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The Small Detail In Finding Dory Fans Can't Get Enough Of

Following up Pixar's Oscar-winning 2003 hit "Finding Nemo" (via IMDb) couldn't have been an easy feat, but the studio took a shot over a decade later with their 2016 sequel "Finding Dory." The movie follows the previous film's breakout comic relief character, Dory (voiced by Ellen DeGeneres), as she ventures to a California Marine research center searching for her long-lost parents. While not leaving quite the impact of its predecessor, the film managed to win over audiences, grossing over $1 billion worldwide (via Box Office Mojo), making it the eighth highest-grossing animated film of all time (via The Numbers). As well, it became a surprise to critics, sporting a more-than-respectable Tomatometer score of 94% on Rotten Tomatoes.

As with most of Pixar's lush library of animated gems, "Finding Dory" was a labor of love from the beginning. Director Andrew Stanton took his time with the sequel, conceptualizing it after a re-release of "Finding Nemo" in 2010 had the creator pondering Dory's fate (via Entertainment Weekly). Every detail is thought out with great effort to ensure the most compelling storytelling experience for viewers when crafting one of their animated films. From the main characters' design to the color of a chair in the background, no stone is left unturned. Fans have come to appreciate the level of care put into Pixar's catalog, including one particular comedic detail in "Finding Dory."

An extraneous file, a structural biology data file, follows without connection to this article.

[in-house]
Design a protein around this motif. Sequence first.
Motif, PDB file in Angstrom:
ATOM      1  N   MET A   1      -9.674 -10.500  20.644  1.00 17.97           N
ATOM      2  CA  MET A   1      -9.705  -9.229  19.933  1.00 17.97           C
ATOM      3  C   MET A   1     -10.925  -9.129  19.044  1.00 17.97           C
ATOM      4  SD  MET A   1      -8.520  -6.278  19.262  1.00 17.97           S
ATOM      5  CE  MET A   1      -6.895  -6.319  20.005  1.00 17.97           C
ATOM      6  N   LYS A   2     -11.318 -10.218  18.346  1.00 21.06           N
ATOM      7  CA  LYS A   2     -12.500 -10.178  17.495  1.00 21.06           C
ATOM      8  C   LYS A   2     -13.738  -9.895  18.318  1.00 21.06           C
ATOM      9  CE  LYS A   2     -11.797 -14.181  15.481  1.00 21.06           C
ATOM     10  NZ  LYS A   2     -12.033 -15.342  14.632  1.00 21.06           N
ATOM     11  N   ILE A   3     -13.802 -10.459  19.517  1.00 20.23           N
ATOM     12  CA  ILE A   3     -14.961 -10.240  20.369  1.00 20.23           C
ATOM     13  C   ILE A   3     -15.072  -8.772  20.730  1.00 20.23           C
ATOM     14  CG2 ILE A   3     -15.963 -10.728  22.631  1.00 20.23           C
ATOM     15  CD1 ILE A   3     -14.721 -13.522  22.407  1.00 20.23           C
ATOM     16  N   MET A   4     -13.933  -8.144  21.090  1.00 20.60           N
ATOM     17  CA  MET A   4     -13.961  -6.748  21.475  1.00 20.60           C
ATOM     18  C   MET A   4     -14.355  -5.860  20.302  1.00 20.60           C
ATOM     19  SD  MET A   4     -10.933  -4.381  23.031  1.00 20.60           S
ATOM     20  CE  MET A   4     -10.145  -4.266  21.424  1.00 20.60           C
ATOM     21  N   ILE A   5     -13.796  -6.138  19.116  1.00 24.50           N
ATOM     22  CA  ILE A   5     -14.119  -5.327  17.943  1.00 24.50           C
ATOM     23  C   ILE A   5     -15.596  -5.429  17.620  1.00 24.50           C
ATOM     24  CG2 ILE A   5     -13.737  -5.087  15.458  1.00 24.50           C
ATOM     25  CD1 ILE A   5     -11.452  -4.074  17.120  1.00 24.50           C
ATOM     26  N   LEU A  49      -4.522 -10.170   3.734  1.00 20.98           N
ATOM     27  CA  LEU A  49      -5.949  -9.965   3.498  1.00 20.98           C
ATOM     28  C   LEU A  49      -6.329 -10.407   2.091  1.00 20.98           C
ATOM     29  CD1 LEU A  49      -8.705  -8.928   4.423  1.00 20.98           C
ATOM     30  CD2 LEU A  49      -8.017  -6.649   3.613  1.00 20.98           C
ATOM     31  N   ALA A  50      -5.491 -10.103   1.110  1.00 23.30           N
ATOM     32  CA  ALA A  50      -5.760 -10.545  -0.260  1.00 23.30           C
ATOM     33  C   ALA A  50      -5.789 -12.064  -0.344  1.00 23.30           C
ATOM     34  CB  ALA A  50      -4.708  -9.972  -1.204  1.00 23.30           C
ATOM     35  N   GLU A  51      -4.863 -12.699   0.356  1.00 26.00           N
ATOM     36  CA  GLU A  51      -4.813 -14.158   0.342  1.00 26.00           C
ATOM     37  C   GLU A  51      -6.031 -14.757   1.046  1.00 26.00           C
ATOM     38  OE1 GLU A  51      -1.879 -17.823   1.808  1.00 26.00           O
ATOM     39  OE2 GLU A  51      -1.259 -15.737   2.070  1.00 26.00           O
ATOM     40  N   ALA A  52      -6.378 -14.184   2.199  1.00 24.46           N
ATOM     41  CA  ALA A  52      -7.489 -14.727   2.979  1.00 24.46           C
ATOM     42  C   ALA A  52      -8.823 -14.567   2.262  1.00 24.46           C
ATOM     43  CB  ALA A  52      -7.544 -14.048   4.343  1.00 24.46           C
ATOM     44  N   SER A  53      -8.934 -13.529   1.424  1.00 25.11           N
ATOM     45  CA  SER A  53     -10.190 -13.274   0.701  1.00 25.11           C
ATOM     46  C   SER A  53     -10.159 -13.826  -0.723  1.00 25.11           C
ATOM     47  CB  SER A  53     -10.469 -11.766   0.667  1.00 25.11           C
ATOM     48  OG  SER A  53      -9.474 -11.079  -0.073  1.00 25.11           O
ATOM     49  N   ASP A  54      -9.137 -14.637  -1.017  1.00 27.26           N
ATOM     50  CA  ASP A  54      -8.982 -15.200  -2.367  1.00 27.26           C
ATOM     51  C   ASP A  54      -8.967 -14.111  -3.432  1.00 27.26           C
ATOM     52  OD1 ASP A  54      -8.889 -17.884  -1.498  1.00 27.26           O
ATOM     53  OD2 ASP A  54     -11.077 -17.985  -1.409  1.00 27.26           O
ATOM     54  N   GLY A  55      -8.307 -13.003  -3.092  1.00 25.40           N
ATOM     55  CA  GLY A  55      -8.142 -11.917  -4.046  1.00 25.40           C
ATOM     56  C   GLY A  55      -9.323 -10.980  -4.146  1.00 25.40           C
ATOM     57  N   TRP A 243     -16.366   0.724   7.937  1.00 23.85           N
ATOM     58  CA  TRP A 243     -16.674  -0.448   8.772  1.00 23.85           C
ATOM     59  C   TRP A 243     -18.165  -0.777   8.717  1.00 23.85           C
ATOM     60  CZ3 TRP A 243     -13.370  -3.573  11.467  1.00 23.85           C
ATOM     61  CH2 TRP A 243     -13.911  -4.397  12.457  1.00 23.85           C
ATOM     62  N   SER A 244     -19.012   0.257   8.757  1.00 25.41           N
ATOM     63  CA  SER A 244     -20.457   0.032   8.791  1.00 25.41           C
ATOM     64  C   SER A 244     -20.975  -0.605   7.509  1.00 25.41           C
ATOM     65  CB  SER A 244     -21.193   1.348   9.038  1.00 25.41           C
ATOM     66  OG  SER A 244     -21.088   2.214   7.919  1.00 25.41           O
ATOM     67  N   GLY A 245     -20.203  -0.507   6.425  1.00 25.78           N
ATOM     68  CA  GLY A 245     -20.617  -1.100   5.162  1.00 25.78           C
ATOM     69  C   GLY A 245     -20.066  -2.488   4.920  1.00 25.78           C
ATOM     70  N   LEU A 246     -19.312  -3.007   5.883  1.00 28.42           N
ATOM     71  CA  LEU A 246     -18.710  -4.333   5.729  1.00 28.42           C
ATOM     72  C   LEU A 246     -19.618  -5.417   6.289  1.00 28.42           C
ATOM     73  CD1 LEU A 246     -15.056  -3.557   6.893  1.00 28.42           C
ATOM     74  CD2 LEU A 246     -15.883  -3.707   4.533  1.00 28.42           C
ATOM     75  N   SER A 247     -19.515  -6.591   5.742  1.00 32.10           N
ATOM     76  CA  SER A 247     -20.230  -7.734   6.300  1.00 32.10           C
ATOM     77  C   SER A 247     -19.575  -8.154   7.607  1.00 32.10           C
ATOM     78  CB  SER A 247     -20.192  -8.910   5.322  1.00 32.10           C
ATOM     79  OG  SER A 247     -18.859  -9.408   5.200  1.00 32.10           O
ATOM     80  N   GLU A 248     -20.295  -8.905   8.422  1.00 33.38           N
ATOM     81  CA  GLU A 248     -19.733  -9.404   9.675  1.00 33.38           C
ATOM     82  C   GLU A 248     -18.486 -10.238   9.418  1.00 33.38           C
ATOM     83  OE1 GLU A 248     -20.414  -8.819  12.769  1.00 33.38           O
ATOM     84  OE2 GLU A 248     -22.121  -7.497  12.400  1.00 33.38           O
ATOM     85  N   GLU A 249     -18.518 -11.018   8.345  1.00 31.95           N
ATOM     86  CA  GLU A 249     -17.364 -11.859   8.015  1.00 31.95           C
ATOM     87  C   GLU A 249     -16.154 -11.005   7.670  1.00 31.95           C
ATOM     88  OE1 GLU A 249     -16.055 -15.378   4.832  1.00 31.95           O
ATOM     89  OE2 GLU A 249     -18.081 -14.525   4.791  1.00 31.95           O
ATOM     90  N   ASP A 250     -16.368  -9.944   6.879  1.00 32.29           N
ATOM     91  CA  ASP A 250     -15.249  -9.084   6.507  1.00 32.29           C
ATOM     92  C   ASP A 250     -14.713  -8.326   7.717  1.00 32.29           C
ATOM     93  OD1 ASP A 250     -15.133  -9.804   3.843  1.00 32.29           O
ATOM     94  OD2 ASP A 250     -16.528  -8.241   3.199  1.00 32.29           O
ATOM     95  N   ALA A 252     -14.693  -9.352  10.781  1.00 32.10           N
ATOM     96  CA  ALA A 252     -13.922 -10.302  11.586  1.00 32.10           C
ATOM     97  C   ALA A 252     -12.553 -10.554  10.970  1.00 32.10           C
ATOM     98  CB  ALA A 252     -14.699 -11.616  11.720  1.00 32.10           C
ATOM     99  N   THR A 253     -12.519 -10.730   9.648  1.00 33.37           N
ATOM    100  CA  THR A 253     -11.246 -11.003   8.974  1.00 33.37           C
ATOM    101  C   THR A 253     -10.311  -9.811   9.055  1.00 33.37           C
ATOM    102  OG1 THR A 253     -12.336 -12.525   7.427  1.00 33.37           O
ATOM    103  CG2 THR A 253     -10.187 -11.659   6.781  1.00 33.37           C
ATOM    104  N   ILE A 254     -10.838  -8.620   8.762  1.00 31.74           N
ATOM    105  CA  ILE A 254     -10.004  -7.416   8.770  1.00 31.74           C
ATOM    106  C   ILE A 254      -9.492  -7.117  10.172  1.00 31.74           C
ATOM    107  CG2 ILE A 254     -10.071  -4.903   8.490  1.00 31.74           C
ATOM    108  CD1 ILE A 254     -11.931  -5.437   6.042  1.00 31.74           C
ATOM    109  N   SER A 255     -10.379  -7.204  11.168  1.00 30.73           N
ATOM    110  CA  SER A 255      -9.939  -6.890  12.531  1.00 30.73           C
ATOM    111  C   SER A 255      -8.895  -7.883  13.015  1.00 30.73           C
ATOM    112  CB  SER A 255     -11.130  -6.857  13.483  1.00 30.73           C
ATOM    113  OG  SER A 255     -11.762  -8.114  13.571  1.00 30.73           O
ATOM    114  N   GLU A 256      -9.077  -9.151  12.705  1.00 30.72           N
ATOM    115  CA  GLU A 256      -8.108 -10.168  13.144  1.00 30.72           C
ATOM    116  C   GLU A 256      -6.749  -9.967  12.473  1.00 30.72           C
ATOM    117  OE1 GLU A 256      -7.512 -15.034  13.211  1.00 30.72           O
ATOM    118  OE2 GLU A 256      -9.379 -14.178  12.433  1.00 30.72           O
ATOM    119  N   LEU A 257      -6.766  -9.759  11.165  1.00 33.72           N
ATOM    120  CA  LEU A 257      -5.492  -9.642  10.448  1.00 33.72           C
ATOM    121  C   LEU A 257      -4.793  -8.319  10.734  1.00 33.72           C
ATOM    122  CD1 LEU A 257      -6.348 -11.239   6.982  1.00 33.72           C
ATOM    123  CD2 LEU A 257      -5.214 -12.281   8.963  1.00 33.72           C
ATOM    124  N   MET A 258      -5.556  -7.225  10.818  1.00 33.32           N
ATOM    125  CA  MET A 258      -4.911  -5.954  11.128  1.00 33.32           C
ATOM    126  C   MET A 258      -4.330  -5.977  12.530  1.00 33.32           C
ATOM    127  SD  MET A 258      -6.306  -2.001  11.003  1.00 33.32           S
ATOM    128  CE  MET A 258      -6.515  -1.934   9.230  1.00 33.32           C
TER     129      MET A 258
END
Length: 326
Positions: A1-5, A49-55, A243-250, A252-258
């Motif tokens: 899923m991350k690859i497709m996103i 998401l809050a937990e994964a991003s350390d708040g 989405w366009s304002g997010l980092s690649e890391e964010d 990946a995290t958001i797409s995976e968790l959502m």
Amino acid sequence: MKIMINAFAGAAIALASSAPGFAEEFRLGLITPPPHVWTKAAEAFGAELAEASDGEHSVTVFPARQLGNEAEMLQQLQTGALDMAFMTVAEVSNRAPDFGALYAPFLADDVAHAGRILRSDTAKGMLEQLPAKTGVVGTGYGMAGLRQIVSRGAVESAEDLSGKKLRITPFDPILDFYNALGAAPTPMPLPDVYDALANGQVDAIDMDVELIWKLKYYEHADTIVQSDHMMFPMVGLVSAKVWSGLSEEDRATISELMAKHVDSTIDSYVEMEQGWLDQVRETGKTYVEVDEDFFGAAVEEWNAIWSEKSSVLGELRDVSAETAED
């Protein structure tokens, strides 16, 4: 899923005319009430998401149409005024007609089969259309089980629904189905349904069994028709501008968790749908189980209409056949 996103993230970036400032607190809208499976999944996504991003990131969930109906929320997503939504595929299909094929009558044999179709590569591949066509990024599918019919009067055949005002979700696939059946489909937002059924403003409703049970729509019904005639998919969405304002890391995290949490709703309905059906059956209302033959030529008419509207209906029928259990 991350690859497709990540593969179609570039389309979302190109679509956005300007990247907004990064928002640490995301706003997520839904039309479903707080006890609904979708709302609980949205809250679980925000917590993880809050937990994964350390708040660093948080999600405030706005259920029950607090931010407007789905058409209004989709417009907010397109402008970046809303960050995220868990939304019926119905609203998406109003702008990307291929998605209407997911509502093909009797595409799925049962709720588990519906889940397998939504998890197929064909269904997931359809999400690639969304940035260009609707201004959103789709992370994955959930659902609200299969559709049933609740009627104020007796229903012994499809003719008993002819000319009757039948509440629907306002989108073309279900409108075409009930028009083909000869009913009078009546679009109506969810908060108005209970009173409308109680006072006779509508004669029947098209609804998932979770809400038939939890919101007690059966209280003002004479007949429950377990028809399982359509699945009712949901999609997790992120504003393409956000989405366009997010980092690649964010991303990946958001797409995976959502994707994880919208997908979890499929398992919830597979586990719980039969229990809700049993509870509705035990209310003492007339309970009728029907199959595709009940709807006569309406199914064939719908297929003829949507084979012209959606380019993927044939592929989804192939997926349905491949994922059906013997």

How did Pixar give Dory's dad a receding hairline?

As "Finding Dory" focused on Dory reuniting with her parents, not only would they have to resemble Dory believably, but they would also have to appear appropriately aged. So how do you depict that on a fish? A Reddit thread started by u/robomechabotatron shows a screenshot from the film with a caption commenting that the most fantastic aspect of "Dory" was how they managed to give a fish a receding hairline. This is the case for Dory's father, Charlie (voiced by Eugene Levy), whose rounded head shape and lower-placed black scales give him a classic middle-aged look.

The post had fans doing double-takes across the board at the unique design. Some like u/KwikDraw35 admit that they didn't even notice it. Others such as u/iAdden comment that they "...couldn't stop laughing at his hairline," and u/djhiggo pokes fun at it further by predicting the next film in the franchise, "Finding Hairline."

Meanwhile, user u/eisbaerBorealis raises a series of questions, asking, "... was he born with this pattern? Did he look like he was balding when he was a kid? Or does the black line move further back as he ages?" Although some regal blue tangs can change color during spawning (via ThoughtCo), it's probably not likely that we'll be spotting one with a subsiding pattern anytime soon on National Geographic.